Inclusion has rapidly become one of the most popular buzzwords relative to the workplace, right up there with strategy and engagement. Organizations say they are inclusive; leaders say they are inclusive; communities, schools, and houses of worship say they are inclusive.
In reality, few of these entities can explain what inclusion means in a clear, concise and logical way. We are making progress on diversity (though not in all places), and we really like the idea of inclusion, but it remains for most a vague, ambiguous idea. Vague and ambitious targets, regardless of their popularity, are hard to hit.
“What looks like resistance is often a lack of clarity.”“Switch: How to Change Things When Change Is Hard”
– Dan and Chip Heath
Language is one of the most powerful tools at our disposal, and with so many people clamoring about inclusion, we have a powerful opportunity to bring more clarity, more consistency and more intention into how we use the word.
I use the word inclusion in two primary ways: 1. To talk about the active process of change (what do I/we do to more purposefully and fully include others); and 2. To talk about the experiential outcome (what does it mean to be fully included in a place or space).
Lots of organizations are today trying to figure out the first one. The number one phone call I get is some version of, “We want to be more inclusive, but we do not know what to do.” I believe strongly that the best way to figure out “how to get there” is to get crystal clear on where you are going in the first place.
An inclusive organization is one where employees feel included. The destination, the outcome, the product, relative to the idea of inclusion, is that employees consistently feel included, regardless of who they are.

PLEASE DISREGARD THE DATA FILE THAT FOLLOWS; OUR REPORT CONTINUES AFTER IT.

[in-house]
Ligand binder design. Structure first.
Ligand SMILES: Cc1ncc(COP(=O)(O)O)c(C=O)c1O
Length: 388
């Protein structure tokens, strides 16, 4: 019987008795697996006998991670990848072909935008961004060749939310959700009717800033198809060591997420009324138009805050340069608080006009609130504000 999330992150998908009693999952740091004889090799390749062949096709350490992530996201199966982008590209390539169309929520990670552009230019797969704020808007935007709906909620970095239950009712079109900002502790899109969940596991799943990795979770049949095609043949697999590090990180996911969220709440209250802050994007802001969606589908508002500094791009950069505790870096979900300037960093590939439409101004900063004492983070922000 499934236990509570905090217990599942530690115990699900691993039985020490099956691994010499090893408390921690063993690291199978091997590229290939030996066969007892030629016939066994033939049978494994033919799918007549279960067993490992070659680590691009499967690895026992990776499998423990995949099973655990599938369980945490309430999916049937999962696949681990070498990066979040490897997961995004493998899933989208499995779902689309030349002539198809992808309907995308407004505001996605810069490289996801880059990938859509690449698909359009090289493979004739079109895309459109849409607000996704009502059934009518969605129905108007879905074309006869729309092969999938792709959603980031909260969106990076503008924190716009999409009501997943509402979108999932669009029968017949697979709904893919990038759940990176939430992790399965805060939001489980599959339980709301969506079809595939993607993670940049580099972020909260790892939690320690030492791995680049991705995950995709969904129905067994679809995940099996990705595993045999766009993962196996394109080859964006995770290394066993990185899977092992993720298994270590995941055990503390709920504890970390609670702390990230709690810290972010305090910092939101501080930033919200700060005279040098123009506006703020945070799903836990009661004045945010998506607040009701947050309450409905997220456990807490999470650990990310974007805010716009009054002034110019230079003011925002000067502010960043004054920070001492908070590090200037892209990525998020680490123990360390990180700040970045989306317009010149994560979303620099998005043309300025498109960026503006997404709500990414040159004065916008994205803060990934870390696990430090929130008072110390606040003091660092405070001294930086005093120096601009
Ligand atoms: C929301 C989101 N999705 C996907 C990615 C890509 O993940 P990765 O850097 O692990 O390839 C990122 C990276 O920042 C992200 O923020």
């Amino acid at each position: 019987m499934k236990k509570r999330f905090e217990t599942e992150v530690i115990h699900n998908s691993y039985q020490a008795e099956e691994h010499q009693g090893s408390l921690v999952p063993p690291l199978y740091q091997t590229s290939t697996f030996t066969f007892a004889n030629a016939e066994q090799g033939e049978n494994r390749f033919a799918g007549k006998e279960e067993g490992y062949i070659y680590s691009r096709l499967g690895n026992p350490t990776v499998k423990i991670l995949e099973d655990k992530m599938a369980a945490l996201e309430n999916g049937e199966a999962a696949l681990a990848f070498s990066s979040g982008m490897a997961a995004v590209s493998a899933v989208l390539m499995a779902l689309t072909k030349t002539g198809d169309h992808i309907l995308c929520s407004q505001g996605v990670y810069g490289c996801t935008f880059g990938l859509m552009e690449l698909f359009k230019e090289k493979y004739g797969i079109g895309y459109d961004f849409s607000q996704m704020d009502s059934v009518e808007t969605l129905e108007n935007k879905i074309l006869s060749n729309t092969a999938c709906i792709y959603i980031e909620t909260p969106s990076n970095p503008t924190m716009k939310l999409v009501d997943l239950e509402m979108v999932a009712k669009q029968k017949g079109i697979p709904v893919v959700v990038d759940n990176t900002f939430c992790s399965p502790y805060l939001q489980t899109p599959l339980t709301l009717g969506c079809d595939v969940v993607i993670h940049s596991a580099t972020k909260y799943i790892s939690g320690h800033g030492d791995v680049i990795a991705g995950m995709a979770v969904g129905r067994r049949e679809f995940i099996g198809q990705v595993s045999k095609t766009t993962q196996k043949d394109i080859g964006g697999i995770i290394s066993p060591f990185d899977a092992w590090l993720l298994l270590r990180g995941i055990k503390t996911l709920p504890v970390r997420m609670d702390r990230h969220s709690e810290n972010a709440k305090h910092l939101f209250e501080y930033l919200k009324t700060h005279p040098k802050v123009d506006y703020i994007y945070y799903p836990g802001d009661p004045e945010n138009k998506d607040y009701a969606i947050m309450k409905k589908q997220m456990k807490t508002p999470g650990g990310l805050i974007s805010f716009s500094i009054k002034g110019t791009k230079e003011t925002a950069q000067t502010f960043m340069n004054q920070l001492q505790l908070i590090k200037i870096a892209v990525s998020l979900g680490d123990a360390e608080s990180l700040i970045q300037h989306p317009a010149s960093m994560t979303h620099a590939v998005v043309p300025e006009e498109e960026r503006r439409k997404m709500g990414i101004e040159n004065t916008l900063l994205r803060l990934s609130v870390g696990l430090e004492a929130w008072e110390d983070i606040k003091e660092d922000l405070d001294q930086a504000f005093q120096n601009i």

What does it feel like to be fully included in your organization?
If this is your product, you should be able to speak to its characteristics.
What does it mean to be included in your organization? What does it look like and feel like? How do we know when it is happening, and how do we know when it is not happening?
We are talking here about an experiential outcome; it is an intangible thing, so definitions and descriptions are sure to be imperfect and incomplete. For example, we all have some sense of what it means to be in love, but it is a hard thing to fully and accurately capture in language. Importantly, our imperfect and incomplete descriptions will be vastly more actionable than nothing. Having captured the gist of this outcome in language, many things become easier. It becomes much easier to work backwards and identify the competencies, behaviors, practices and policies that need to be in place for us to more consistently deliver the experience of being included. This is no small task. Identifying specific behaviors that elicit the experience of being included allows you to set expectations (in job descriptions, interviews, competency models, etc.), to hold employees and leaders accountable, and to identify training and development priorities.
But wait, there’s more!
Likely the most valuable use of your language relative to the experience of being included is in measurement. Once you have wrestled your way to some clarity regarding what it means to be fully included in your organization, you can take that description to your employees and ask if it reflects their experience. This becomes a key metric.
Clarity is one of your very best friends. Capture key characteristics of the experience of being included with specific language, and it becomes much easier to figure out how to more consistently deliver that experience to your employees.